The present invention could be implemented on a variety of hardware platforms;
With reference now to
Those of ordinary skill in the art will appreciate that the hardware in
In addition to being able to be implemented on a variety of hardware platforms, the present invention may be implemented in a variety of software environments. A typical operating system may be used to control program execution within each data processing system. For example, one device may run a Unix® operating system, while another device contains a simple Java® runtime environment. A representative computer platform may include a browser, which is a well known software application for accessing hypertext documents in a variety of formats, such as graphic files, word processing files, Extensible Markup Language (XML), Hypertext Markup Language (HTML), Handheld Device Markup Language (HDML), Wireless Markup Language (WML), and various other formats and types of files.
The present invention may be implemented on a variety of hardware and software platforms, as described above with respect to
With reference now to
System 200 supports execution of software components, such as operating system 202, applications 204, and drivers 206, on its platform 208. The software components may be received through a network, such as network 101 that is shown in
Motherboard 216 also comprises trusted building block (TBB) 228; motherboard 216 is supplied by a manufacturer with TBB 228 and other components physically or logically attached and supplied by the manufacturer. TBB 228 comprises the combination of the core root of trust for measurement (CRTM) component 230, the trusted platform module (TPM) 232, the connection of the CRTM to motherboard 216, and the connection of the TPM to motherboard 216.
TPM 232 is explained in more detail with respect to
With reference now to
Random number generator 312 acts as a source of randomness for the computation of various values, such as nonces, keys, or other values. SHA-1 engine 314 implements the SHA-1 hash algorithm. Power detector 316 manages the power states of a trusted platform module in association with the power states of the platform. Opt-in component 318 maintains the state of persistent and volatile flags and enforces semantics associated with those flags such that the trusted platform module may be enabled and disabled. Execution engine 320 runs program code to execute commands that the trust platform module receives through input/output component 302. Non-volatile memory 322 stores persistent identity and state associated with the trusted platform module; the non-volatile memory may store static data items but is also available for storing dynamic data items by entities that are authorized by the trusted platform module owner, whereas volatile memory 324 stores dynamic data items.
Given the background information on trusted computing platforms that has been described with respect to
With reference now to
With reference now to
After determining that the non-volatile RAM does not yet hold the encrypted secret data, the hypervisor requests each trusted platform module on the trusted platform to encrypt the secret data. The hypervisor obtains a copy of the secret data (step 504) and determines if there is a TPM that has not yet been used to generate an encrypted version of the secret data (step 506); if not, then the process is concluded. If all of the TPM's have not yet already generated an encrypted version of the secret data, then the hypervisor sends a request to the next unused TPM to encrypt a copy of the secret data (step 508), which is then stored into the non-volatile RAM (step 510). The hypervisor calls on each TPM, thereby generating multiple encrypted versions of the secret data through the redundant TPM's until the process is concluded. By performing this process during the manufacture or configuration of the trusted platform, the process that is shown in
With reference now to
The hypervisor then compares the decrypted values against each other to determine whether or not all of the decrypted values are equal to each other (step 606). If the decrypted values are all equal to each other, then the hypervisor may continue its bootstrapping process (step 608), and the process is concluded. If it is determined that no decrypted values are equal to any other decrypted values (step 610), then the boot process is stopped (step 612) or, alternatively, the boot process continues but without TPM functionality on the data processing system.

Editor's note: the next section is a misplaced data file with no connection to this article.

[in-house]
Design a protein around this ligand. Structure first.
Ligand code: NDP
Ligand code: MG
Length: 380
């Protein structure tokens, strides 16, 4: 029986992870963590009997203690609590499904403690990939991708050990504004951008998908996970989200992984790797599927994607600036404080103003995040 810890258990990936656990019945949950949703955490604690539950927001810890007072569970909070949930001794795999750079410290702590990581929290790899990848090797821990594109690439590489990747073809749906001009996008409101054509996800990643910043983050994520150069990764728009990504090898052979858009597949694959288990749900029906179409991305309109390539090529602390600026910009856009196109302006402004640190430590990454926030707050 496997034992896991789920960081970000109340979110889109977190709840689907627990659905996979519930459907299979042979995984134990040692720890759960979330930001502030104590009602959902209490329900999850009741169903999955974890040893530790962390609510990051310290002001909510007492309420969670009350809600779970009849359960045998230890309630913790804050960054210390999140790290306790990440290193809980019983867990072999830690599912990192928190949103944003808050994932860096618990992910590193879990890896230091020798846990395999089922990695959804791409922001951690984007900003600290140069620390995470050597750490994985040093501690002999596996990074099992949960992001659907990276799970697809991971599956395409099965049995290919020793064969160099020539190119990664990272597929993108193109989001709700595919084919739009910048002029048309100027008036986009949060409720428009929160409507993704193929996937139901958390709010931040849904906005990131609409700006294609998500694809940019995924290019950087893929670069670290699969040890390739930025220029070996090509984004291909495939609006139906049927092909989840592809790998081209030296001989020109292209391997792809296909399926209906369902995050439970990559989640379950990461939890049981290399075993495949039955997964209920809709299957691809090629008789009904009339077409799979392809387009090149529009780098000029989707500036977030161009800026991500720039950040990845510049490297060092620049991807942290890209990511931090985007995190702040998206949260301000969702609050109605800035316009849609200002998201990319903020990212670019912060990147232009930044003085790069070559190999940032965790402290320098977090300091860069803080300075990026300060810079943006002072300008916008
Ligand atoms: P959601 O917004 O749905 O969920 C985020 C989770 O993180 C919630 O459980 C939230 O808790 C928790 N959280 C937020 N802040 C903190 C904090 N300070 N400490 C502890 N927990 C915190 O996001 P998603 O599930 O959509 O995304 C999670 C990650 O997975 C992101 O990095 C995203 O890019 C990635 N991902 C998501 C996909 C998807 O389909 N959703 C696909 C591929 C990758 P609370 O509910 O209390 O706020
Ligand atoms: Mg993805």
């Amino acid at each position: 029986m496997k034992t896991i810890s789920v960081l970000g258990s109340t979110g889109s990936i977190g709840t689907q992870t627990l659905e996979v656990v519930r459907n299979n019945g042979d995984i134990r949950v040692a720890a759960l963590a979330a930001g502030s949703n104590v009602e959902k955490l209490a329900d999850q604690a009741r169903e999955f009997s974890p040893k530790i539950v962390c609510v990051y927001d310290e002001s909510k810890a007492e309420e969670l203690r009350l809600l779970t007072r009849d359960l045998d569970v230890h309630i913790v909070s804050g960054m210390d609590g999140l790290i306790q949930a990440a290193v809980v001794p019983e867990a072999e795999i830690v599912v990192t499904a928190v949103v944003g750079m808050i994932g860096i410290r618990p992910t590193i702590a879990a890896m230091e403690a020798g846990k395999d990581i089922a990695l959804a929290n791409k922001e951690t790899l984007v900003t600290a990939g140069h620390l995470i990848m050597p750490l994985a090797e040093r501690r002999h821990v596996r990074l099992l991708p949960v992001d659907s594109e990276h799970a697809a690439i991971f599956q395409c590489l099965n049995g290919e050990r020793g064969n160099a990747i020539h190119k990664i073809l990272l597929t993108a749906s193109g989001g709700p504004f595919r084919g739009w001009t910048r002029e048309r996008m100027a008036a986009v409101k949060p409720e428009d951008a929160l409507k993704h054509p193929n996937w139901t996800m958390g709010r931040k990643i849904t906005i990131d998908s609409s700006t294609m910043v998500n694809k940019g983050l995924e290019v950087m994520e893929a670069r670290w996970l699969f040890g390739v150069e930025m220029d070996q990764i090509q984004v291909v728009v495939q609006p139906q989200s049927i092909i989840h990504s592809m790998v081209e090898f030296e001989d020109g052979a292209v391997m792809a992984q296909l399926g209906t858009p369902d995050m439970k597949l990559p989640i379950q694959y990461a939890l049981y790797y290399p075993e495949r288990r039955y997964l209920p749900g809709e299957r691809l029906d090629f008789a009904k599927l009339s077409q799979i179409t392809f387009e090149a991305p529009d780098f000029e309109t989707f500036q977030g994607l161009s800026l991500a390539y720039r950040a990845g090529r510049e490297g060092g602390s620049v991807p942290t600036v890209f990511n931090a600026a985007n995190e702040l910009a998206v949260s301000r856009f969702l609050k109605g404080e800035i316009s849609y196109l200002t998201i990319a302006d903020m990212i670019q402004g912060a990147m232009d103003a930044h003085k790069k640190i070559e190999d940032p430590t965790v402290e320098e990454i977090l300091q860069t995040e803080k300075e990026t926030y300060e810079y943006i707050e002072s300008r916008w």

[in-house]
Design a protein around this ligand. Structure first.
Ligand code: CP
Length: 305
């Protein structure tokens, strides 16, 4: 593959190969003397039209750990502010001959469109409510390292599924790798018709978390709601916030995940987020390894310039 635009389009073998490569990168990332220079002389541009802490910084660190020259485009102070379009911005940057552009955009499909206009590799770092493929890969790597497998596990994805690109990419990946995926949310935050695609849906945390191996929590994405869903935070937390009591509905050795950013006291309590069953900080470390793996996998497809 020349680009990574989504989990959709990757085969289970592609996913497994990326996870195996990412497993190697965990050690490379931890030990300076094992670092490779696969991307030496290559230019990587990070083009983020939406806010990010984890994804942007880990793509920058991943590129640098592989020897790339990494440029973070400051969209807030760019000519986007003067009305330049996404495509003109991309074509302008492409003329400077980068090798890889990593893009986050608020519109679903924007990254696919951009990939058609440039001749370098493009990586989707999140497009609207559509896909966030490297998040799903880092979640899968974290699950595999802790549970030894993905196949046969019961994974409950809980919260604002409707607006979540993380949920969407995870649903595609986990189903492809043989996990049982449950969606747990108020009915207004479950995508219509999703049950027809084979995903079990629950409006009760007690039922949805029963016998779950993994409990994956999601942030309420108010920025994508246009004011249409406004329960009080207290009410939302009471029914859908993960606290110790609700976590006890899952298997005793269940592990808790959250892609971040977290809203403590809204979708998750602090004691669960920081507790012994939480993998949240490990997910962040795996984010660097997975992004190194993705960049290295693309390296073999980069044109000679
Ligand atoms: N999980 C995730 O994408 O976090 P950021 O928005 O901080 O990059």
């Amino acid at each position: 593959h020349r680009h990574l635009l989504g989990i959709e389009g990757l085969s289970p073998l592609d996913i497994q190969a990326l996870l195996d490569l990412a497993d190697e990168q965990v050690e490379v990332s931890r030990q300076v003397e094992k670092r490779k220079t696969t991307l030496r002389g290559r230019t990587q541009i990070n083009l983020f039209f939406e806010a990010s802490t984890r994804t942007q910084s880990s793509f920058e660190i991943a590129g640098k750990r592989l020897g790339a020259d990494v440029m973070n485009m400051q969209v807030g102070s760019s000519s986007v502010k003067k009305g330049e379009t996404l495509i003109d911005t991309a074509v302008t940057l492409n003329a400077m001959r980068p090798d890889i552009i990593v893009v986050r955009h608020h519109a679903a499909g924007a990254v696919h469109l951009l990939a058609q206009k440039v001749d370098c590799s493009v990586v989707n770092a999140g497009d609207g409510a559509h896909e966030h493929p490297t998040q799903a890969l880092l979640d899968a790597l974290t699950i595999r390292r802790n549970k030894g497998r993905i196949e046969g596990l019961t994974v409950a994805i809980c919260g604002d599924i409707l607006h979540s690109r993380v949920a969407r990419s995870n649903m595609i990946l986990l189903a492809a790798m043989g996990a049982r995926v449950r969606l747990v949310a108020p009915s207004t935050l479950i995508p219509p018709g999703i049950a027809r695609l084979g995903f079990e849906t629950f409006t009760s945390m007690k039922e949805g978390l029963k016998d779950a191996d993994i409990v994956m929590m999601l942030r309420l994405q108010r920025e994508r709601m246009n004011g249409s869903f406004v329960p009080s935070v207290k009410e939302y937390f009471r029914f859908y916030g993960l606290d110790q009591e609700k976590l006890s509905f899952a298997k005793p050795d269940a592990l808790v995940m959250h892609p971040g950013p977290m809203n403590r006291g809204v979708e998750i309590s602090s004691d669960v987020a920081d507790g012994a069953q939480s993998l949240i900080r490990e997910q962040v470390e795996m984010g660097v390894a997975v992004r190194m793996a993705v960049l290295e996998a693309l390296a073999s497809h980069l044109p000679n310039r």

The process then continues by attempting to determine if a quorum has been established among the decrypted values. In other words, the decrypted values are compared, and equal values are logically grouped to determine if a set of equal values represents a majority of the set of available values, i.e., greater than fifty percent of the available values. If so, then a quorum has been established. If there is a set of equal values but it does not represent a majority of the set of available values, then a quorum has not been established. In alternative embodiments, other comparative algorithms may be employed, possibly depending on the number of TPM's within the data processing system.
Hence, if it is determined that there is a quorum amongst the decrypted values, then an error flag is set for each TPM that failed to generate a matching value with the majority of TPM's (step 614), and the booting process is allowed to continue (step 616); in other words, each TPM that failed to produce a value in the quorum is flagged as being in error. Alternatively, other methods for designating a TPM as defective may be used.
For example, referring again to
With reference now to
The process commences at some later point in time when the hypervisor detects the new TPM (step 702). If necessary, the hypervisor clears the proper location within the non-volatile RAM on the trusted platform that has been reserved for holding corresponding data from the replaced TPM (step 704). The hypervisor obtains a copy of the secret data (step 706) and sends a request to the new TPM to encrypt a copy of the secret data (step 708), which is then stored into a predetermined location within the non-volatile RAM (step 710) so that the non-volatile RAM contains all of the data that would be necessary for completing a TPM integrity check operation when bootstrapping the data processing system in the manner that is described above with respect to
The advantages of the present invention should be apparent in view of the detailed description that is provided above. By maintaining multiple copies of the encrypted secret data in non-volatile RAM, each of which corresponds to a trusted platform module within the data processing system, the hypervisor within the data processing system is able to detect the failure of one or more TPM's by decrypting the copies of the encrypted secret data and comparing the decrypted values in an attempt to establish a quorum among the decrypted values. If a quorum is found among the decrypted values, the data processing system may continue to operate without suffering catastrophic failure of the entire data processing system that might have otherwise been caused by the failed TPM(s) on a typical prior art system.